Previous studies suggest that in adolescents and young adults, evening chronotype is a subclinical factor in physical, cognitive, and psychiatric fitness; poor sleep habits and larger misalignment with the social schedule constraints may exacerbate symptoms of inattention, impulsivity and the risks for detrimental behaviors. The influence of chronotype on neurocognitive performance during morning hours and scores in self-reports about attention deficit symptoms (ADS) and executive functioning, was explored in 42 healthy young university students (29 women), divided to evening type (ET) and combined morning/intermediate type (MT/IT) groups. Evening chronotypes scored significantly higher in the questionnaires of inattention Adult ADHD Self-Report Scale (ASRS-6) (MT/IT: 1.62 ± 1.59; ET: 2.71 ± 1.62, p < 0.05) and day-time sleepiness Epworth scale (MT/IT: 7.19 ± 5.17; ET: 11.48 ± 5.26, p < 0.01), reported lower subjective alertness (MT/IT: 63.02 ± 21.40; ET: 40.76 ± 17.43, p < 0.001), and had slower reaction times (MT/IT: 321.47 ± 76.81; ET: 358.94 ± 75.16, p < 0.05) during tests, compared to non-evening chronotypes. Nevertheless, ETs did not significantly differ in self-reports of executive functioning in the Behavioral Rating Inventory of Executive Functions-A (BRIEF-A) from non-ETs. The scores on standard self-report screening tools for ADS and executive functioning (ASRS-6, BRIEF-A-Metacognition) correlated with eveningness. We conclude that eveningness, subjective sleepiness and low arousal levels during morning can present as subclinical Attention Deficit and Hyperactivity Disorder (ADHD) symptoms in typical young adults with no evident sleep problems. Self-report based screening tools for ADS and executive functioning reflect chronotype-related traits in healthy young adults. Strong eveningness may bias the results of neurocognitive performance screening for ADHD when administered at morning hours.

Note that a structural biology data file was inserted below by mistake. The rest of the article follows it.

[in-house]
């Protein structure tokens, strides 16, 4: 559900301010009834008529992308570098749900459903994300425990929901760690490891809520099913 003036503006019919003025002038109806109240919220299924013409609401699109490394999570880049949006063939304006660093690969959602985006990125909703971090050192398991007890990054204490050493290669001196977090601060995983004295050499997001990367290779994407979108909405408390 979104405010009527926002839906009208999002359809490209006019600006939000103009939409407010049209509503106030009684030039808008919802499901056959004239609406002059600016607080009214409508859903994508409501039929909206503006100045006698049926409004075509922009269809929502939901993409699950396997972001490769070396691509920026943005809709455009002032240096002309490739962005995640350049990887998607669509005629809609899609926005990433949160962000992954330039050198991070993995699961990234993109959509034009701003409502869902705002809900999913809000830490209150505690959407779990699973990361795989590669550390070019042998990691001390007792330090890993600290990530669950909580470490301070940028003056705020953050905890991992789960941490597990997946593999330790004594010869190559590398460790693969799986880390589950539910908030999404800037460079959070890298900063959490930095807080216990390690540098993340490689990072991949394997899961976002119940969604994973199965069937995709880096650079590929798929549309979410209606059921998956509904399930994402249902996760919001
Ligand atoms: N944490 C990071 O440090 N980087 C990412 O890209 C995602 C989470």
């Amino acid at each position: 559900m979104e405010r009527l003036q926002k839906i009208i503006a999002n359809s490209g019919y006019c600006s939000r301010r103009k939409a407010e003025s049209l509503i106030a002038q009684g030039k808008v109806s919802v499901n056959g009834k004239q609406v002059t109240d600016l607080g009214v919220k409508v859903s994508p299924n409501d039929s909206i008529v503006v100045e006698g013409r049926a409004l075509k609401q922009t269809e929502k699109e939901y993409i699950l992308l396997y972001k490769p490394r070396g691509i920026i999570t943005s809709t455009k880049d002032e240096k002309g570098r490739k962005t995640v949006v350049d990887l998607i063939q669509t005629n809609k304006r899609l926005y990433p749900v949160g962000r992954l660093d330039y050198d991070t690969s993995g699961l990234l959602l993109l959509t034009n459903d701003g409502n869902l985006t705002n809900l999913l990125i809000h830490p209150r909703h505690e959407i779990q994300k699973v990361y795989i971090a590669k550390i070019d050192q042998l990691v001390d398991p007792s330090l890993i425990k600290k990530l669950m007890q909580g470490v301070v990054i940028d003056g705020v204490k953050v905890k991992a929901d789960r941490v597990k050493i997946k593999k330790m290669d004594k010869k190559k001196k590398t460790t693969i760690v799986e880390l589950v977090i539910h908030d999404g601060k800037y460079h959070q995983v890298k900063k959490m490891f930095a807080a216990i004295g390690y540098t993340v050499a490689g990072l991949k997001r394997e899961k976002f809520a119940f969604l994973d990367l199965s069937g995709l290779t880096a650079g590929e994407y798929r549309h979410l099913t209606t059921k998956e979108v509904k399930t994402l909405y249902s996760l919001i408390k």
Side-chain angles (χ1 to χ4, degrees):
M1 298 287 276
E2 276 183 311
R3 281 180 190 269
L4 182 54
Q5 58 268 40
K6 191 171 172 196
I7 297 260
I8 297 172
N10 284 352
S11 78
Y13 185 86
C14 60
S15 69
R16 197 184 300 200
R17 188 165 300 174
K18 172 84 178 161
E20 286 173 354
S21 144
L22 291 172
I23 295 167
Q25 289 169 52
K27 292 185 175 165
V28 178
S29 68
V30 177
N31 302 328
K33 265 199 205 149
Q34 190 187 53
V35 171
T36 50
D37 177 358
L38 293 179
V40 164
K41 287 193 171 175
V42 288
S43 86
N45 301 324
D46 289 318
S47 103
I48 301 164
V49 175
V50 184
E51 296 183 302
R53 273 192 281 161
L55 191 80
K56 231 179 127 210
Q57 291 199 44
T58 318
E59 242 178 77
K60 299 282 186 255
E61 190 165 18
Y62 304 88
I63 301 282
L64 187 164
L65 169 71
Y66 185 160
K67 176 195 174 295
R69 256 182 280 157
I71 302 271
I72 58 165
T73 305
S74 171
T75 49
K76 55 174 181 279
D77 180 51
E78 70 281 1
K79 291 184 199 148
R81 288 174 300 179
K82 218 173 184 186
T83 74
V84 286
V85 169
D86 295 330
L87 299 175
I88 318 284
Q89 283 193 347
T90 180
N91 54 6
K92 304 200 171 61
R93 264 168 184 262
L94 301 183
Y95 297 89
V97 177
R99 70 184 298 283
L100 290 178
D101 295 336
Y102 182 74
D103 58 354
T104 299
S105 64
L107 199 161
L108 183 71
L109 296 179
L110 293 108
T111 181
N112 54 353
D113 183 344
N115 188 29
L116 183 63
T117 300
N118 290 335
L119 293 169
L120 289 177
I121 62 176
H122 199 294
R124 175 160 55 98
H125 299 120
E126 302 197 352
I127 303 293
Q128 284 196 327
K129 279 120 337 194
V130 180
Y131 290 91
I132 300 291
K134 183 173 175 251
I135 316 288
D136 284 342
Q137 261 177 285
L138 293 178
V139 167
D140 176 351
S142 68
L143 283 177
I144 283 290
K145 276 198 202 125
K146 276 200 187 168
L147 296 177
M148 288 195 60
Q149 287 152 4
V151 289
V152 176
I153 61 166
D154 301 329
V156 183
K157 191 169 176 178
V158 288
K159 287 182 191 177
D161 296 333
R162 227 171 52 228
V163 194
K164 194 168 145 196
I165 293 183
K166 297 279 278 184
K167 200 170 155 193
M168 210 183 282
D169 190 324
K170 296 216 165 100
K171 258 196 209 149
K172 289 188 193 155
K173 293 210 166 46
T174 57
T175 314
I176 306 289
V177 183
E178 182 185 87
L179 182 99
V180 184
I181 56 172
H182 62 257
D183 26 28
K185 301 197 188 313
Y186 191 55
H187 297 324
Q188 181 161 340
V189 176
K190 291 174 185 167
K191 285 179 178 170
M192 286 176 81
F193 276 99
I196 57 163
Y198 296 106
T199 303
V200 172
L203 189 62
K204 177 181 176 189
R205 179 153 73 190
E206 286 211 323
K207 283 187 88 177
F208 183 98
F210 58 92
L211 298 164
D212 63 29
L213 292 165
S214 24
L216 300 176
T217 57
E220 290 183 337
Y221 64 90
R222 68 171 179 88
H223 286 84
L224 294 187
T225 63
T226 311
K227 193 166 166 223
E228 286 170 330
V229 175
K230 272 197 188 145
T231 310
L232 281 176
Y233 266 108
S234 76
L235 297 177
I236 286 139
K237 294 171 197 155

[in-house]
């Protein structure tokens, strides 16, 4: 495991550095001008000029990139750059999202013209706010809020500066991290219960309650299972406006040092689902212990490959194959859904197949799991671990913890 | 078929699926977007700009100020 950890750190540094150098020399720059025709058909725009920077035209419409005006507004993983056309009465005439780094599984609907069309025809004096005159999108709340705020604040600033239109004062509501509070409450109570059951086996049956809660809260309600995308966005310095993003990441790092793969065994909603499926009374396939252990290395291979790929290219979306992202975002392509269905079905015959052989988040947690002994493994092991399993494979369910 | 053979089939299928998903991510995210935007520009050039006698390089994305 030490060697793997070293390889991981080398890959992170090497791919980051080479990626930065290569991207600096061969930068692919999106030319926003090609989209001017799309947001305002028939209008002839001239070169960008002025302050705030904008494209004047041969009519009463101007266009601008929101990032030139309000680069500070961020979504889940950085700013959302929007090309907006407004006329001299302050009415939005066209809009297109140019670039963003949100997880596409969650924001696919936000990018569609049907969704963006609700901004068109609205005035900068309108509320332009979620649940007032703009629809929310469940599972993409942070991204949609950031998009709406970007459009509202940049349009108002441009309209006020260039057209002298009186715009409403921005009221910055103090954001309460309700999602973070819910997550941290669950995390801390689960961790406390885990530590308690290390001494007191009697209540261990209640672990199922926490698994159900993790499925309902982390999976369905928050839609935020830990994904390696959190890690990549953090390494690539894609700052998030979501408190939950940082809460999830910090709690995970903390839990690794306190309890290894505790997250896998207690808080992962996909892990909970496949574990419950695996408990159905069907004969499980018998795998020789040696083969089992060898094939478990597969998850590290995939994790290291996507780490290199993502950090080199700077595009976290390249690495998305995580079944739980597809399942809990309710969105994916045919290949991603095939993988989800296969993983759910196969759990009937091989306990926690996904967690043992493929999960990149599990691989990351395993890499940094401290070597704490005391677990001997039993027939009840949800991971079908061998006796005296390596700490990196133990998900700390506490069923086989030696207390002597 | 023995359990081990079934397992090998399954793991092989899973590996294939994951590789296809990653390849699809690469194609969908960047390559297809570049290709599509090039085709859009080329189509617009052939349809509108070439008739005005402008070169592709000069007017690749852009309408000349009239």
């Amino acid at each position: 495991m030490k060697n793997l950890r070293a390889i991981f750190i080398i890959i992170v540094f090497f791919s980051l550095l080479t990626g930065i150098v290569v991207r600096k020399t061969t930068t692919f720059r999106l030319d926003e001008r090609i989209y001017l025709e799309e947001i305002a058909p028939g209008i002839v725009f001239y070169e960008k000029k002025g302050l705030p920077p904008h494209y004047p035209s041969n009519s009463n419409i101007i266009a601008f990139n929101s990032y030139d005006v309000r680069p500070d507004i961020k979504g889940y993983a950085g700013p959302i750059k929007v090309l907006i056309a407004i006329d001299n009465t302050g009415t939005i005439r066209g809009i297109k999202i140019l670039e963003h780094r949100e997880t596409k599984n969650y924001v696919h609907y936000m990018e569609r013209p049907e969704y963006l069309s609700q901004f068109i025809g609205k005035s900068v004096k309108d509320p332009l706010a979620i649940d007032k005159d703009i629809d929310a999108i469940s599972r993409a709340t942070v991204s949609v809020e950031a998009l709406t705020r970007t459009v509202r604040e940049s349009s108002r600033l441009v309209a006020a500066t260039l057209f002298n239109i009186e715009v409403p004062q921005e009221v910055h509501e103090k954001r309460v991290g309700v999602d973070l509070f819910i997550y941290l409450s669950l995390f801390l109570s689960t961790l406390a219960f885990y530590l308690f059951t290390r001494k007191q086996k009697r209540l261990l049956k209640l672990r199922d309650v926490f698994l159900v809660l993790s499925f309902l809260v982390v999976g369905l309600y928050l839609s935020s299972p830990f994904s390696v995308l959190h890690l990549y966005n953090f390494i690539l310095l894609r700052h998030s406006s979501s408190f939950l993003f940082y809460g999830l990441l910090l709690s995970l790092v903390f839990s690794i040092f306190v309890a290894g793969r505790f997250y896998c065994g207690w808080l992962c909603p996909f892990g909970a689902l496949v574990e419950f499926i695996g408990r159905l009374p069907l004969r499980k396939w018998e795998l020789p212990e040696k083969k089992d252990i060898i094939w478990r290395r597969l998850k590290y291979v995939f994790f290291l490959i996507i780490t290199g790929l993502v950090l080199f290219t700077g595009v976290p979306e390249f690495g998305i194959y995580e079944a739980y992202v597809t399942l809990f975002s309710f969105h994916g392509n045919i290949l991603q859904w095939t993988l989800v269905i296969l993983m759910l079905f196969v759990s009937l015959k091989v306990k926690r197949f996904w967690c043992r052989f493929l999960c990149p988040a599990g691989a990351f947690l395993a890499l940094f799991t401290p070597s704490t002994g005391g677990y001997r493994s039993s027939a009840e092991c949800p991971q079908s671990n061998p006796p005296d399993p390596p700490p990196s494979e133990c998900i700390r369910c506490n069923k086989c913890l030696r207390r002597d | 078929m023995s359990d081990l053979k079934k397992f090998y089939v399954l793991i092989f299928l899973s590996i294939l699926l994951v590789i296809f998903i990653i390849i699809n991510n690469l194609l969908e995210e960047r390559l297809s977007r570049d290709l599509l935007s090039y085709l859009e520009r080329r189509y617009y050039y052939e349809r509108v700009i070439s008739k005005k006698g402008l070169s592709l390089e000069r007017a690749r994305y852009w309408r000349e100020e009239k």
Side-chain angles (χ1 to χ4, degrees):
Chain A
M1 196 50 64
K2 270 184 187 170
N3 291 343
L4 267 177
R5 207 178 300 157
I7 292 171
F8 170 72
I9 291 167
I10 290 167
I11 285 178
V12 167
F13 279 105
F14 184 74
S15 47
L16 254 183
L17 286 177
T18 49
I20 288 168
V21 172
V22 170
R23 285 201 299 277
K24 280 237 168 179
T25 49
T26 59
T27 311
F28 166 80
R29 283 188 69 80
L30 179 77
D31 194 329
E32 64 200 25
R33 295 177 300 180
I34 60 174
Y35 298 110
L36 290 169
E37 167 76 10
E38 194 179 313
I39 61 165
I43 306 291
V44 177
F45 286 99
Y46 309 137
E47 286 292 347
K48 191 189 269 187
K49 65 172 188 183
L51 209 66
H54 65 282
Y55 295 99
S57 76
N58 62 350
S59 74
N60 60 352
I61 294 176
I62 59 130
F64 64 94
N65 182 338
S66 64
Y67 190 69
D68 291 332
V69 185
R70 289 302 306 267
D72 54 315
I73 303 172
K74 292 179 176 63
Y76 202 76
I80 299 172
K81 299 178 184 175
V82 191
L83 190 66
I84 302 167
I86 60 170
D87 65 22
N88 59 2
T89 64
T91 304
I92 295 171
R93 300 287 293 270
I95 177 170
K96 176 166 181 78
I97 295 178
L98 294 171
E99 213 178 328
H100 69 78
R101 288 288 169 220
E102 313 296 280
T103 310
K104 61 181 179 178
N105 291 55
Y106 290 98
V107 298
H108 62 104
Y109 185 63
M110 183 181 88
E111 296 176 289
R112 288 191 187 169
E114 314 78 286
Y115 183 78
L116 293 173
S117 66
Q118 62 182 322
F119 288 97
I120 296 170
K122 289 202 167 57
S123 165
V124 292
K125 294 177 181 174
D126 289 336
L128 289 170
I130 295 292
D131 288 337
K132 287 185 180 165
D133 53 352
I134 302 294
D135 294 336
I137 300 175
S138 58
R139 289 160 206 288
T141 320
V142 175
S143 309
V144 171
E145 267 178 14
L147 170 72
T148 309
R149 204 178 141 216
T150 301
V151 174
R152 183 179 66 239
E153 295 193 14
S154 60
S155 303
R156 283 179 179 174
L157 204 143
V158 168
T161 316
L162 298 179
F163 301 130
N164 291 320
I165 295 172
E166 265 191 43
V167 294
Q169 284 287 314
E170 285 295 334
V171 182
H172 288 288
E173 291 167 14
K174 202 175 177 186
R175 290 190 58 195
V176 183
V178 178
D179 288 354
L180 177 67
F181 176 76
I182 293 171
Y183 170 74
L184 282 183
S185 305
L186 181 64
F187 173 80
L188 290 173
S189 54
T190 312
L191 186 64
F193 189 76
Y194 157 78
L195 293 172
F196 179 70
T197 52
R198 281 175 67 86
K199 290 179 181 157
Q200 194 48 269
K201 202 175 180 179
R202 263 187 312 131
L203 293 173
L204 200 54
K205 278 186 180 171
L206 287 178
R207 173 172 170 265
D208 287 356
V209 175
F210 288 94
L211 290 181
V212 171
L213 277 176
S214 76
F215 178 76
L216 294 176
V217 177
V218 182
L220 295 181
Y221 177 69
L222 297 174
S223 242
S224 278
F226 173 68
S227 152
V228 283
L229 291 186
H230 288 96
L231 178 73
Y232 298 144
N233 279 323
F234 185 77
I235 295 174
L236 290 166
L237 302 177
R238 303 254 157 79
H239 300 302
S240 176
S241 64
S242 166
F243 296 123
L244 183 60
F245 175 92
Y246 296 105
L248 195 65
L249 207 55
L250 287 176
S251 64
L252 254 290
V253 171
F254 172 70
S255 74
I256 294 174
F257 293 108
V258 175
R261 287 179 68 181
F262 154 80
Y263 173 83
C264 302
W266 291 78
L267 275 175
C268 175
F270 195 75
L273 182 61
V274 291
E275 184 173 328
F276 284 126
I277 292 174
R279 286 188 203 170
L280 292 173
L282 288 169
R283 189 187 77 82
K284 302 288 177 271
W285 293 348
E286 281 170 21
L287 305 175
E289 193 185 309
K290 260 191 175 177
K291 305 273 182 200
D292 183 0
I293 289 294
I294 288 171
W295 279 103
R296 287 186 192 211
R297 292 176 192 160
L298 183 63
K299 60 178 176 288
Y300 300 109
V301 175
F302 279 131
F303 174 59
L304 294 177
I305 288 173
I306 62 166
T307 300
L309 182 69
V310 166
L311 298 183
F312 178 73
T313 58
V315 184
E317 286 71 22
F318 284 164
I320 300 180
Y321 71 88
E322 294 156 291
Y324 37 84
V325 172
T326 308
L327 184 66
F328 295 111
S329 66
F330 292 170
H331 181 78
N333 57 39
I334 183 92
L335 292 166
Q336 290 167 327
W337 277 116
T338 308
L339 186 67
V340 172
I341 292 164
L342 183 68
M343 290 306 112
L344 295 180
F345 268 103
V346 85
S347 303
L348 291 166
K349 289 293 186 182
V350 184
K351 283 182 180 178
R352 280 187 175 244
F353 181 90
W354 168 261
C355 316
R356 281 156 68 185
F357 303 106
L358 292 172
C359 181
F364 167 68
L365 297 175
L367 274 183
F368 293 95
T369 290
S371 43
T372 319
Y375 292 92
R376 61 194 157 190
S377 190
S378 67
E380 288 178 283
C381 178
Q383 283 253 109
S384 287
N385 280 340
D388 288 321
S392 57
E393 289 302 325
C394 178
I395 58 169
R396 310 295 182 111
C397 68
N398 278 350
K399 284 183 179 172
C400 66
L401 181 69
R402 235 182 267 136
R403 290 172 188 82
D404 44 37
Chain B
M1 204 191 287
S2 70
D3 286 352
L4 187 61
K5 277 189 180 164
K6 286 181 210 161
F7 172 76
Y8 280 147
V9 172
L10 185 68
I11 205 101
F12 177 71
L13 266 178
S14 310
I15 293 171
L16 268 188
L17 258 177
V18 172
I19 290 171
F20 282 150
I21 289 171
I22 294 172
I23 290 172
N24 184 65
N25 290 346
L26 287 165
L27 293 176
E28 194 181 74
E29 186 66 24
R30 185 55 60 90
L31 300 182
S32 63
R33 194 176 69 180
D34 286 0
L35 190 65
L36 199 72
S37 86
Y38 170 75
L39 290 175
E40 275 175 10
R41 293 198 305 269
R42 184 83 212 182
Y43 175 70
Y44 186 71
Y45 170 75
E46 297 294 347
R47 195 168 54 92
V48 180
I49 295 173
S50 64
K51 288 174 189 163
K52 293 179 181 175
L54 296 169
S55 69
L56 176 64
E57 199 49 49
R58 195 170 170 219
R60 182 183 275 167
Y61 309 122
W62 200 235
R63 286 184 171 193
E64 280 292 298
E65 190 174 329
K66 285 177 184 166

|Journal||Frontiers in Psychology|
|State||Published - 2019|
Bibliographical noteFunding Information:
The Edmond J. Safra Brain Research Center for the Study of Learning Disabilities at the University of Haifa is gratefully acknowledged for partially funding this project.
© 2019 Korman, Levy, Maaravi-Hesseg, Eshed-Mantel and Karni.
- Attention deficits
- Day-time sleepiness
- Executive functioning
- Reaction time
ASJC Scopus subject areas
- Psychology (all)